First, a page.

Dollo Ado, 18 January 2012 – Towards the end of 2011, JRS officially opened the first phase of its latest project, offering long-term assistance to Somali refugees in Melkadida camp, Dollo Ado, through education services, psychosocial counselling, and sports and recreational activities for young people. JRS seeks to provide tangible skills to Somali refugees in Melkadida camp ensuring their time spent in exile is not wasted.
The camp, based on the southern border with Somalia, hosts some 40,000 refugees of more than 950,000 forcibly displaced by armed conflict and severe drought, considered the worst to hit the region in 30 years. Although refugee arrivals in Dollo Ado have dropped since the summer – from thousands to hundreds per week – continued fighting and instability in Somalia makes it unlikely they will return home soon.
After months of preparation and planning delayed by climatic and logistical challenges, infrastructural difficulties and insecurity, five experienced JRS staff members arrived in Dollo Ado in early October to begin establishing systems and designing detailed project activity plans.
"After months in the camp, the youngsters want more than food and water, they want a future. In this context, education and skills training are the best synonyms for future", said JRS Dollo Ado Project Director, Gonzalo Sánchez-Terán.
A new beginning
The first activities to get off the ground have been the adult literacy classes and skills training courses, which will benefit some 625 refugees in 2012. Moreover, a small number of sports and drama activities have already taken place, as part of the JRS strategy to promote team-work and non-violent competition.
Literacy classes focus on maths and English language with issues around peace-building woven into the curriculum. The skills training includes courses on tailoring, beauty, and weaving in combination with business management and bookkeeping. Upon successful completion refugees will be offered start-up grants to establish small businesses.
The JRS needs assessment highlighted gaps not covered by other agencies in the areas of psychosocial support to families and communities. Using participatory approaches such as drama and individual outreach, JRS will reach refugees and provide counselling and forums for expressing their experiences and concerns. Teams will also provide training to help community members and refugees become peer psychosocial workers.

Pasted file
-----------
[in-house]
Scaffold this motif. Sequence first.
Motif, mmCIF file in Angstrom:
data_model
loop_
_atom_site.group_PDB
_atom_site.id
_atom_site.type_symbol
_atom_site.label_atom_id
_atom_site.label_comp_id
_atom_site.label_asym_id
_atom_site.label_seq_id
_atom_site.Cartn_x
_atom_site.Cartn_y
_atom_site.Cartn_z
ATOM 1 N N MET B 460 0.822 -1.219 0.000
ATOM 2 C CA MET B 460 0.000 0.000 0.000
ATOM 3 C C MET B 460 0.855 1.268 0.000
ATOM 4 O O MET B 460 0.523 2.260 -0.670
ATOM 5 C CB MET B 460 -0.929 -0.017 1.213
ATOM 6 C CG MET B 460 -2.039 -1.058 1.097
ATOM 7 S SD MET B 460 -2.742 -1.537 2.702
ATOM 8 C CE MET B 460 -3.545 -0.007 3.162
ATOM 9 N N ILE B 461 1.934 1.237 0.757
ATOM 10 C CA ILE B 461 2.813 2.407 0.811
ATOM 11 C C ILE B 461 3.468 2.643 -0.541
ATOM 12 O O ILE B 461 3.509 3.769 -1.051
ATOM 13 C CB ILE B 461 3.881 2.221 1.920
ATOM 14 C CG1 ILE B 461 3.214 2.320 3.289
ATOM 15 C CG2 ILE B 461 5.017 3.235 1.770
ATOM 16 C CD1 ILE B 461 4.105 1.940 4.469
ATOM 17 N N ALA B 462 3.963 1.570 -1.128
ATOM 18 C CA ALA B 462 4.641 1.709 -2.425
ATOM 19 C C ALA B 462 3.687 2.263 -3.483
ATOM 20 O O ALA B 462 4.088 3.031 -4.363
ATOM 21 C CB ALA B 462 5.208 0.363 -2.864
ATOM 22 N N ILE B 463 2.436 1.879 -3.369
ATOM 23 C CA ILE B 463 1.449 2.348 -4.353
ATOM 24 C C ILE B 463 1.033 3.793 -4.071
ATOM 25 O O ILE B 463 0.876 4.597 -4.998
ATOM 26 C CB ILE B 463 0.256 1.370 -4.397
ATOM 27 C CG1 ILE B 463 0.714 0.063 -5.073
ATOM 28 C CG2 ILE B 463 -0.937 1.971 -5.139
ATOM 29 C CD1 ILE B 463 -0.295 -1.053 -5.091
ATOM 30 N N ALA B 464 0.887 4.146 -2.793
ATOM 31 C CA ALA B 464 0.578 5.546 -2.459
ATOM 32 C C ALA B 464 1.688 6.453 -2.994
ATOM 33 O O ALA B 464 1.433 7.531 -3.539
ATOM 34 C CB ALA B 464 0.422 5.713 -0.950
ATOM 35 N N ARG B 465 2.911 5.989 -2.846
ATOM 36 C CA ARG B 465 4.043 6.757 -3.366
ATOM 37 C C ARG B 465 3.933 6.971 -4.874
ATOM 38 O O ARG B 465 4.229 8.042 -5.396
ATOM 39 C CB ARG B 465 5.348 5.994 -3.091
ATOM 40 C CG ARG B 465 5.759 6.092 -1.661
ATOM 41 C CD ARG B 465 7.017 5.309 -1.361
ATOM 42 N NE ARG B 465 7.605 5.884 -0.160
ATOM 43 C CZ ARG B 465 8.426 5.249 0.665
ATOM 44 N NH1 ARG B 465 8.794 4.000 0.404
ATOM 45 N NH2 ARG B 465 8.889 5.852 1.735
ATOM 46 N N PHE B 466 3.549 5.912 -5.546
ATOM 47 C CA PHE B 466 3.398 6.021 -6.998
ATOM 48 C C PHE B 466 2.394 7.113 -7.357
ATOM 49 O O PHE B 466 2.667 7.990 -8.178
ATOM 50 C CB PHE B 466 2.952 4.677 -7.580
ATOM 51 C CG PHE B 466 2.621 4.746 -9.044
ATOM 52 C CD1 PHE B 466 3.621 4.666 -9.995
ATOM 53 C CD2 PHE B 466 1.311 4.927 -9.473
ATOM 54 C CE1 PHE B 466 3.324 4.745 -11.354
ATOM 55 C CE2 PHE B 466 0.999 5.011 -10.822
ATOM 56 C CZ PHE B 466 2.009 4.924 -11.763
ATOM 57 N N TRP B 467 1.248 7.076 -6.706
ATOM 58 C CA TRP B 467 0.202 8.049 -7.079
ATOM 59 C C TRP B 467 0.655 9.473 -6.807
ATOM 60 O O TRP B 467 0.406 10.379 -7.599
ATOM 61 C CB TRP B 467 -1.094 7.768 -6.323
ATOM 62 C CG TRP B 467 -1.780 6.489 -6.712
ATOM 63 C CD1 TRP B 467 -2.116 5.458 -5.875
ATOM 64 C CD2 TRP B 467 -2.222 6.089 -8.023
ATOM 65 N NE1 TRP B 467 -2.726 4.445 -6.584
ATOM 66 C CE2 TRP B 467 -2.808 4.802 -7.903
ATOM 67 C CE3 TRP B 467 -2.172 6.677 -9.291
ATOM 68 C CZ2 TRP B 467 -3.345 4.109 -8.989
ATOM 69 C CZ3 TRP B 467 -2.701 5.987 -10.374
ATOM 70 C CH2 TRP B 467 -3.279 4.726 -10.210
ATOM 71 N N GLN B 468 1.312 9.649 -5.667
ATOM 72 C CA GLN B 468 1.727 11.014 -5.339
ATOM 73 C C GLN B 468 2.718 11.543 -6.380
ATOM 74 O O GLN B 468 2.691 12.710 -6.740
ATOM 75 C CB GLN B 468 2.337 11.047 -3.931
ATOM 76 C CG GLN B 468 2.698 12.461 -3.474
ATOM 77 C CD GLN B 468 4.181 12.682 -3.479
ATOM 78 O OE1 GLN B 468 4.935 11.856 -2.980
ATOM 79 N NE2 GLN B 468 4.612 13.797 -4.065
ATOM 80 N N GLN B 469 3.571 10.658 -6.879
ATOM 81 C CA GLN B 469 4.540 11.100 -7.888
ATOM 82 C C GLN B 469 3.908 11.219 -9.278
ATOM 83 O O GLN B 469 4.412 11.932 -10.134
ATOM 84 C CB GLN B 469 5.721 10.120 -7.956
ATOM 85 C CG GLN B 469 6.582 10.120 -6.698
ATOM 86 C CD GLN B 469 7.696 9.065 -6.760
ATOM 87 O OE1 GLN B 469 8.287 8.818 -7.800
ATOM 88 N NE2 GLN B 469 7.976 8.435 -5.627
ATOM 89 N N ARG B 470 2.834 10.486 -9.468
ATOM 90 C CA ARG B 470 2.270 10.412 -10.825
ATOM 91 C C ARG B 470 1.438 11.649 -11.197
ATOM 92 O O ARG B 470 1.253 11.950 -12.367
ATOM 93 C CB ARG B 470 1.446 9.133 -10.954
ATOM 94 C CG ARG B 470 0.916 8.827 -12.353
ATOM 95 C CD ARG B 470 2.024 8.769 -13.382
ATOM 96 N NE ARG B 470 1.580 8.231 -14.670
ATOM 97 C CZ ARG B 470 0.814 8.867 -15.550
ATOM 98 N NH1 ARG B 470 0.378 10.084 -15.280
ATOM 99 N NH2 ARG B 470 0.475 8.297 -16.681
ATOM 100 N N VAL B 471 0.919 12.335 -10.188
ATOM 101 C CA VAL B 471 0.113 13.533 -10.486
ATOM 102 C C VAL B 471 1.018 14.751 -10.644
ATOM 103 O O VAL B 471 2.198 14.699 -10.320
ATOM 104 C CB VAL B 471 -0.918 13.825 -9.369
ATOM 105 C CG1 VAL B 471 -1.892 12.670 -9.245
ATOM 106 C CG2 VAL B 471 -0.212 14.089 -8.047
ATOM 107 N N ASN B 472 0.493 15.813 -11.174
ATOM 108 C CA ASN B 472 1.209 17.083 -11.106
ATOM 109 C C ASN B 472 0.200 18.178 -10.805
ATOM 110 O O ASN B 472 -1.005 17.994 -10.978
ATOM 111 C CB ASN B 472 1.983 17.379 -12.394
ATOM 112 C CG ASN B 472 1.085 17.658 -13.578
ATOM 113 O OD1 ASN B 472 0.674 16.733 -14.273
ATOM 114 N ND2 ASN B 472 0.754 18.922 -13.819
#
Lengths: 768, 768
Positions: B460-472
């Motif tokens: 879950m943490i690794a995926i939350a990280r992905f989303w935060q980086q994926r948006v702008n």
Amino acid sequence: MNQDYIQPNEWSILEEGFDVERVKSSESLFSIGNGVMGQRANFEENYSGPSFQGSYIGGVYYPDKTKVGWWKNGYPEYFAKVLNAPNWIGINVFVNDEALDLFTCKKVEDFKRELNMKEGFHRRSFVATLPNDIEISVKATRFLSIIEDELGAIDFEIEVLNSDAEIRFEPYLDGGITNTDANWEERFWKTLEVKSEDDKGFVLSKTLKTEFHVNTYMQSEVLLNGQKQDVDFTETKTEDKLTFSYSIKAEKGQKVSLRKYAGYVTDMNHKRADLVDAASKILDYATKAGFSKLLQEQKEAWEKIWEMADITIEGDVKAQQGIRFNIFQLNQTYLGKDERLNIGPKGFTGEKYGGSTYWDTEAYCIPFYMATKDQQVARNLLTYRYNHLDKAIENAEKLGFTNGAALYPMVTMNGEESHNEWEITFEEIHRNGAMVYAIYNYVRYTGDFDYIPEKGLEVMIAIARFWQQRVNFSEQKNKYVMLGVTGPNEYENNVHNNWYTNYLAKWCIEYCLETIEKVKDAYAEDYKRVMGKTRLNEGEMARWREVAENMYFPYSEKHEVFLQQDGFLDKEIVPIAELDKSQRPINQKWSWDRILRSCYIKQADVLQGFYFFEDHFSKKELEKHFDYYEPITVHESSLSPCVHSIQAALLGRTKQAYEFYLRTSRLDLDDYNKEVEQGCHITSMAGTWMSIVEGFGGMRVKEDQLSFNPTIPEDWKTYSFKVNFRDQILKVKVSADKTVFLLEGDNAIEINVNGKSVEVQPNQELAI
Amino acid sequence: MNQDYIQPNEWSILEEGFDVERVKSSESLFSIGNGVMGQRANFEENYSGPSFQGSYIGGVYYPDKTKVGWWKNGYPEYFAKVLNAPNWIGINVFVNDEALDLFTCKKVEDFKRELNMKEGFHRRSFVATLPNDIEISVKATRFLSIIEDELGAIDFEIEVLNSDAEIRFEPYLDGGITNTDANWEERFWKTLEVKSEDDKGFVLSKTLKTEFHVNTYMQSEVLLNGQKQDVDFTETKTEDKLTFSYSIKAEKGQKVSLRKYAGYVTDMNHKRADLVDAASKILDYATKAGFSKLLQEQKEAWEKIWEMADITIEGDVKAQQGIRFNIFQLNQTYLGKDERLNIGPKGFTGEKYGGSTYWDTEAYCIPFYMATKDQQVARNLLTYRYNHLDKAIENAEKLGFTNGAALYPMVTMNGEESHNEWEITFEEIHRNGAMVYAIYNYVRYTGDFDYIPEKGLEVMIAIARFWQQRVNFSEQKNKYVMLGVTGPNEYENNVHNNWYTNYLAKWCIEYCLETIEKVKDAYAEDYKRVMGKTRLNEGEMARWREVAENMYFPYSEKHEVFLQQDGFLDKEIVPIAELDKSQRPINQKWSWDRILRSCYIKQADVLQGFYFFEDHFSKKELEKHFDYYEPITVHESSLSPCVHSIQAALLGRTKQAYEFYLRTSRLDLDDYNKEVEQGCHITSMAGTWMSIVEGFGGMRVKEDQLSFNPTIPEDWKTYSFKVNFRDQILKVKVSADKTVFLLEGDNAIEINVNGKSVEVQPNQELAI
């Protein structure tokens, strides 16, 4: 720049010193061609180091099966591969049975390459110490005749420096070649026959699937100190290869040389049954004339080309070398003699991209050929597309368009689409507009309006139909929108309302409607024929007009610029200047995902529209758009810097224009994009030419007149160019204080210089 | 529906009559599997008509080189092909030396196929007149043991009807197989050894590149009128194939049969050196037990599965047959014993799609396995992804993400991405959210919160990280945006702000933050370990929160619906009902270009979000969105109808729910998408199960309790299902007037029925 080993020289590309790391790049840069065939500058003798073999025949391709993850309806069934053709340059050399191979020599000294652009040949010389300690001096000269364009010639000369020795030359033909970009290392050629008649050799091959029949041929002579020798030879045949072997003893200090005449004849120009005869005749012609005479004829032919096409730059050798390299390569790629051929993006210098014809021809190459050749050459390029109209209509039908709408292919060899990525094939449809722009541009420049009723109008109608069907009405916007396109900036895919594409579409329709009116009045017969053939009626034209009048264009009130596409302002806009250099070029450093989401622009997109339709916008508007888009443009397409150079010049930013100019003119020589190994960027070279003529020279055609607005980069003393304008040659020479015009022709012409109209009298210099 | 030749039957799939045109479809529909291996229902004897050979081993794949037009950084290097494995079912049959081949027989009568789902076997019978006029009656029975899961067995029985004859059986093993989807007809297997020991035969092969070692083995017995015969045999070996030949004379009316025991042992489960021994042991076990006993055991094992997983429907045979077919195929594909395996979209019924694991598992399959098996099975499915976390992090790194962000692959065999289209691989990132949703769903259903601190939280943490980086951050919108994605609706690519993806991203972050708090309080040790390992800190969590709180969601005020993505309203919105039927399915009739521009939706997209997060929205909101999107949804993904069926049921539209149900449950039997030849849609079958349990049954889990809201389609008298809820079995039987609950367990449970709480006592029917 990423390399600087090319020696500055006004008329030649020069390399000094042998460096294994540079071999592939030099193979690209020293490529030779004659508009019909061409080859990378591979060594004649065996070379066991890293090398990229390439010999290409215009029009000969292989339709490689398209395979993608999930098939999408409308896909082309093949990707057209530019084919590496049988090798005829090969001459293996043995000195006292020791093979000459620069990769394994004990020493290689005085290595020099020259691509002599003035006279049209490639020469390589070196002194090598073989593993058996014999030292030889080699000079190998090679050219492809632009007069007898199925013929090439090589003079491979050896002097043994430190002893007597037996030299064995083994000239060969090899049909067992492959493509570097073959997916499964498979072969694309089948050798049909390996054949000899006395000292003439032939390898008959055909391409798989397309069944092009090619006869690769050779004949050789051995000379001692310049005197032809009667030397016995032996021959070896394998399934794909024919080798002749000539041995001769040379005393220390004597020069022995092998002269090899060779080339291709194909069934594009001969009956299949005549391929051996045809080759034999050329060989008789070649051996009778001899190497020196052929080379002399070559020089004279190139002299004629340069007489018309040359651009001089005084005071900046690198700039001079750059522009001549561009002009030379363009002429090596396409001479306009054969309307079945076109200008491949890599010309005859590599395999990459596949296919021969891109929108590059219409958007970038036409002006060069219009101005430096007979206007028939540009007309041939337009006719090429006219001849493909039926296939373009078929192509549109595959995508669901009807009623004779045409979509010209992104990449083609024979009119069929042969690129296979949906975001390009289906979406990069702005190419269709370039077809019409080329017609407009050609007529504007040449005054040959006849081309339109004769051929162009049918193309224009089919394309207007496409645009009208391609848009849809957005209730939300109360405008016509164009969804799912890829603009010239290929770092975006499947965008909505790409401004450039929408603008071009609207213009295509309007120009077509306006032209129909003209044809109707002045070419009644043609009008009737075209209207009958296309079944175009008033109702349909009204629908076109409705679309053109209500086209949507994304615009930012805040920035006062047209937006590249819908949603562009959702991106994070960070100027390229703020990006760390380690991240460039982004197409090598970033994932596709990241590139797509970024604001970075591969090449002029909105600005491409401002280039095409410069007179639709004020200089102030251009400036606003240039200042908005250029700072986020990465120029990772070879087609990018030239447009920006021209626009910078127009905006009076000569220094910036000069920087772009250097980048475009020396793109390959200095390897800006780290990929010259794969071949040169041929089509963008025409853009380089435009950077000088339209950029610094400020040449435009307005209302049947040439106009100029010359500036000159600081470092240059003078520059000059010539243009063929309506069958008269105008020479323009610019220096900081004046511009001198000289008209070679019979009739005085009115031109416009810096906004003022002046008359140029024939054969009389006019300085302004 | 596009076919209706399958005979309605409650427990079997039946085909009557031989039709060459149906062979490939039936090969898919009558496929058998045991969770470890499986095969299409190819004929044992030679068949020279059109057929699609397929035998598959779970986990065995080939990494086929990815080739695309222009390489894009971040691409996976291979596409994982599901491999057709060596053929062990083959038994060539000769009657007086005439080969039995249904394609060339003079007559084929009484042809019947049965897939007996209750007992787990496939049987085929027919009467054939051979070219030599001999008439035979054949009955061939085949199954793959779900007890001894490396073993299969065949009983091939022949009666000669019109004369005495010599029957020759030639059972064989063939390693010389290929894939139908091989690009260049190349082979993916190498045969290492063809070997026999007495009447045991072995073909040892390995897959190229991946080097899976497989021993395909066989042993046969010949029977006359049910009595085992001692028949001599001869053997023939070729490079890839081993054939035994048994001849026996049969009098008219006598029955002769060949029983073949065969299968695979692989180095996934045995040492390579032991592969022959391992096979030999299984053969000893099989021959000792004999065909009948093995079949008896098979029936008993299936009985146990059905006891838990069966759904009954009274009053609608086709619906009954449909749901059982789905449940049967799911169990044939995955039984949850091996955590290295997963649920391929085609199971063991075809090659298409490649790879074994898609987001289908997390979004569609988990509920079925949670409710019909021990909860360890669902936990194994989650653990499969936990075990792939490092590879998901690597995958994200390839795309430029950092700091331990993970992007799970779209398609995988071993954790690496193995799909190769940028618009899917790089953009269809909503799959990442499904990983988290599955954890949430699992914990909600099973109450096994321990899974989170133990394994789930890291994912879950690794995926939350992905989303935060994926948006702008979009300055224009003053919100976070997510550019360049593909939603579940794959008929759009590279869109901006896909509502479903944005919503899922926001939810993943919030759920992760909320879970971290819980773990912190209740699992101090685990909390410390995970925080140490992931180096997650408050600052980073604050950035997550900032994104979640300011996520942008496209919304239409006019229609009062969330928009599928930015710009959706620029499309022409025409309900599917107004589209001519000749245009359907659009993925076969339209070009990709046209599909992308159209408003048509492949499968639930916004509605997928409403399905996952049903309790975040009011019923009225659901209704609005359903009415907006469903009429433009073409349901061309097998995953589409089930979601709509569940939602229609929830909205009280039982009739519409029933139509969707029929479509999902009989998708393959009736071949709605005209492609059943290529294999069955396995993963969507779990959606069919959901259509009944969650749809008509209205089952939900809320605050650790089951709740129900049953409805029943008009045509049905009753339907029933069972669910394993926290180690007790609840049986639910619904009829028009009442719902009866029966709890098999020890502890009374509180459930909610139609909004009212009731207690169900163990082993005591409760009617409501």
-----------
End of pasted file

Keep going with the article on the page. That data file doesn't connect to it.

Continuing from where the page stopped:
Working closely with the pre-existing youth committee at the camp, JRS has begun organising sports activities, after establishing a club and supplying equipment to young refugees. Four football teams have been set up and JRS hopes to organise a tournament with a team of local Ethiopians in the area. Future plans include mobilising two female volleyball teams and organising workshops for young refugees on health and hygiene and environmental issues.
In addition, one of the two JRS drama groups gave its first performance to celebrate the 16 Days of Activism at the camp, which focused on awareness-raising about gender-based violence (GBV). JRS plans to work with the drama groups throughout the coming months to use music and plays to raise awareness of important issues relating to camp life, such as hygiene promotion. JRS provides all the material for the groups, including drums, guitars and clothing.
Construction, due to begin soon, has been delayed by rising building costs, the time required to obtain construction permits, and the sourcing of suitable contractors. JRS is working hard to get the necessary facilities built, thanks to the gracious and positive response of donors to the Dollo Ado appeal. Plans include the construction of a multi-purpose hall for sports and recreational activities, the building of a primary school to support primary education in the camp, the building of skills training classrooms, and the construction of the JRS offices.